Forgot your password?
typodupeerror
Science

Molecular Clusters That Can Retain Charge Could Revolutionize Computer Memory 34

Posted by Soulskill
from the ever-smaller-ever-faster dept.
jfruh writes:Computing devices have been gobbling up more and more memory, but storage tech has been hitting its limits, creating a bottleneck. Now researchers in Spain and Scotland have reported a breakthrough in working with metal-oxide clusters that can retain their charge. These molecules could serve as the basis for RAM and flash memory that will be leagues smaller than existing components (abstract).

Comment: Re:Signs clear enough even for a layman (Score 1) 534

by gweihir (#48420725) Attached to: Debian Votes Against Mandating Non-systemd Compatibility

If the systemd movement was sane, that is exactly what would happen. Instead they have the total confidence and unshakable faith in their chosen fetish that otherwise only religious fanatics have. From the time I realized this, I have lost all respect for them and all motivation to argue the case: These people are not sane or rational. They do not want choice or freedom. They do not listen to arguments, no matter how accurate or justified. They want their thing to be the only thing allowed and though shalt not have any other thing. They are the enemy and must be fought.

Comment: Re:The Systemd Fiasco or Hello FreeBSD (Score 1) 534

by gweihir (#48420655) Attached to: Debian Votes Against Mandating Non-systemd Compatibility

Unfortunately, you summary is accurate. I still do not understand how these people could creep in. The sheer magnitude of resistance should give them pause and reconsider whether they may be doing something wrong. Instead: Total confidence, absolutely no acknowledging of problems, no interest at all in compromise. It it is almost like arguing with religious fanatics...

Debian

Debian Votes Against Mandating Non-systemd Compatibility 534

Posted by Soulskill
from the there-will-be-peace-in-our-time dept.
paskie writes: Voting on a Debian General Resolution that would require packagers to maintain support even for systems not running systemd ended tonight with the resolution failing to gather enough support.

This means that some Debian packages could require users to run systemd on their systems in theory — however, in practice Debian still works fine without systemd (even with e.g. GNOME) and this will certainly stay the case at least for the next stable release Jessie.

However, the controversial general resolution proposed late in the development cycle opened many wounds in the community, prompting some prominent developers to resign or leave altogether, stirring strong emotions — not due to adoption of systemd per se, but because of the emotional burn-out and shortcomings in the decision processes apparent in the wake of the systemd controversy.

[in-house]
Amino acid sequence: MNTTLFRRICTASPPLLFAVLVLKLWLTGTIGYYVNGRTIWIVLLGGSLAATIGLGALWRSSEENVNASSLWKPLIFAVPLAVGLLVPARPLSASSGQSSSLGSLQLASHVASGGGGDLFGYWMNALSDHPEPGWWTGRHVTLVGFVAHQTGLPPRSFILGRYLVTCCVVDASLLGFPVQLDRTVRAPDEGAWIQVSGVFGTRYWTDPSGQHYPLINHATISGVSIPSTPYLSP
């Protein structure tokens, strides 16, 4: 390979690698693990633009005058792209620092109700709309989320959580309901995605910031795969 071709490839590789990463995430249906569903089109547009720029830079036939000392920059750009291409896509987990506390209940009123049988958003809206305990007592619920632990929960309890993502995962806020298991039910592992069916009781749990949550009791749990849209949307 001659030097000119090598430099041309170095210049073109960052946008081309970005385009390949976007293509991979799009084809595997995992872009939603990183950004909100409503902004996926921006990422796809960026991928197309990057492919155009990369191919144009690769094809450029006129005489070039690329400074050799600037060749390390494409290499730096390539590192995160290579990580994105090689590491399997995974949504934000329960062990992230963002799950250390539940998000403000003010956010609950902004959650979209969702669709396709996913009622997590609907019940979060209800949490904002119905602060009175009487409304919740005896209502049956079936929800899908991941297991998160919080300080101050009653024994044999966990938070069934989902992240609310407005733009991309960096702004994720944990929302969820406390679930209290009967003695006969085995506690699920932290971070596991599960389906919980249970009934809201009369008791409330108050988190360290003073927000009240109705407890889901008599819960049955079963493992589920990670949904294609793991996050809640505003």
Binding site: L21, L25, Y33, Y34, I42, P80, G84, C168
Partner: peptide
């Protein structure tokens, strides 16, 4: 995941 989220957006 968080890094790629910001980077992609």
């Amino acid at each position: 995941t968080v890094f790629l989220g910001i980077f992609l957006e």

Nevertheless, work on the next stable release is well underway and some developers are already trying to mend the community and soothe the wounds.
The Almighty Buck

Billionaire Donors Lavish Millions On Code.org Crowdfunding Project 84

Posted by timothy
from the hey-fellas-I've-got-this-foundation-repair-project dept.
theodp (442580) writes "Whether it's winning yacht races, assembling the best computer science faculty, or even dominating high school basketball, billionaires like to win. Which may help explain why three tech billionaires — Code.org backers (and FWD.us founders) Mark Zuckerberg, VC John Doerr, and Sean Parker — stepped up to the plate and helped out Code.org's once-anemic Hour of Code Indiegogo crowdfunding project with $500k donations. When matched by Code.org's largest donors (Bill Gates, Reid Hoffman and others), the three donations alone raised $3,000,000, enough to reach the organization's goal of becoming the most funded crowdfunding campaign ever on Indiegogo. On its campaign page, Code.org remarked that "to sustain our organization for the long haul, we need to engage parents and community members," which raises questions about how reliant the K-12 learn-to-code movement might be on the kindness of its wealthy corporate and individual donors. Code.org started shedding some light on its top donors a few months back, but contributor names are blank in the 2013 IRS 990 filing posted by the organization on its website, although GuideStar suggests the biggest contributors in 2013 were Microsoft ($3,149,411) and Code.org founders Hadi and Ali Partovi ($1,873,909 in Facebook stock). Coincidentally, in a Reddit AMA at Code.org's launch, CEO and Founder Hadi Partovi noted that his next-door-neighbor is Microsoft General Counsel and Code.org Board member Brad Smith, whose FWD.us bio notes is responsible for Microsoft's philanthropic work. Just months before Code.org and FWD.us emerged on the lobbying scene, Smith announced Microsoft's National Talent Strategy, which called for "an increase in developing the American STEM pipeline in exchange for these new [H-1B] visas and green cards," a wish that President Obama is expected to grant shortly via executive action."

The reason why worry kills more people than work is that more people worry than work.

Working...